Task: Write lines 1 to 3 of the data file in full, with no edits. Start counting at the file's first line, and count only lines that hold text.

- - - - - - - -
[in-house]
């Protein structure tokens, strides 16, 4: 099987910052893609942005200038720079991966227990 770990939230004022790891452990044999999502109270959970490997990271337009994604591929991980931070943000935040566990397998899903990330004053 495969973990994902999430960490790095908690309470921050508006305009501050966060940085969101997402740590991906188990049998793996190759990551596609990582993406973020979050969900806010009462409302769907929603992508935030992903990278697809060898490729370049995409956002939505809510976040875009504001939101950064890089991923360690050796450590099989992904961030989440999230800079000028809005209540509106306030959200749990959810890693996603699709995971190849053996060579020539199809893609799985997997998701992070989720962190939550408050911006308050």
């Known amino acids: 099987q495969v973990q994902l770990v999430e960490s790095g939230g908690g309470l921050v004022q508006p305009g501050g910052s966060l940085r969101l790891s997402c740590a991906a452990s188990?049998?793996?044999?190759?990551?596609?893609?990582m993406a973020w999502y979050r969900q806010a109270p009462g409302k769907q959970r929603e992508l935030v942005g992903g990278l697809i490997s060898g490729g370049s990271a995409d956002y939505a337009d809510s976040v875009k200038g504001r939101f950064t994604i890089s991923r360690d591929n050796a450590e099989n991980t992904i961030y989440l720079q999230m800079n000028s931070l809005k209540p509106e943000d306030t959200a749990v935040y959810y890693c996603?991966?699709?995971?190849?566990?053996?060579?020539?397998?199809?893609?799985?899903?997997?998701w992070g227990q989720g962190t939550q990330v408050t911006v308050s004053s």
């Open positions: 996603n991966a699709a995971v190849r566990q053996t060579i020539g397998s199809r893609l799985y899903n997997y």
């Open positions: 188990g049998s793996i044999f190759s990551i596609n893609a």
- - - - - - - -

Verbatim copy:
[in-house]
């Protein structure tokens, strides 16, 4: 099987910052893609942005200038720079991966227990 770990939230004022790891452990044999999502109270959970490997990271337009994604591929991980931070943000935040566990397998899903990330004053 495969973990994902999430960490790095908690309470921050508006305009501050966060940085969101997402740590991906188990049998793996190759990551596609990582993406973020979050969900806010009462409302769907929603992508935030992903990278697809060898490729370049995409956002939505809510976040875009504001939101950064890089991923360690050796450590099989992904961030989440999230800079000028809005209540509106306030959200749990959810890693996603699709995971190849053996060579020539199809893609799985997997998701992070989720962190939550408050911006308050």
């Known amino acids: 099987q495969v973990q994902l770990v999430e960490s790095g939230g908690g309470l921050v004022q508006p305009g501050g910052s966060l940085r969101l790891s997402c740590a991906a452990s188990?049998?793996?044999?190759?990551?596609?893609?990582m993406a973020w999502y979050r969900q806010a109270p009462g409302k769907q959970r929603e992508l935030v942005g992903g990278l697809i490997s060898g490729g370049s990271a995409d956002y939505a337009d809510s976040v875009k200038g504001r939101f950064t994604i890089s991923r360690d591929n050796a450590e099989n991980t992904i961030y989440l720079q999230m800079n000028s931070l809005k209540p509106e943000d306030t959200a749990v935040y959810y890693c996603?991966?699709?995971?190849?566990?053996?060579?020539?397998?199809?893609?799985?899903?997997?998701w992070g227990q989720g962190t939550q990330v408050t911006v308050s004053s």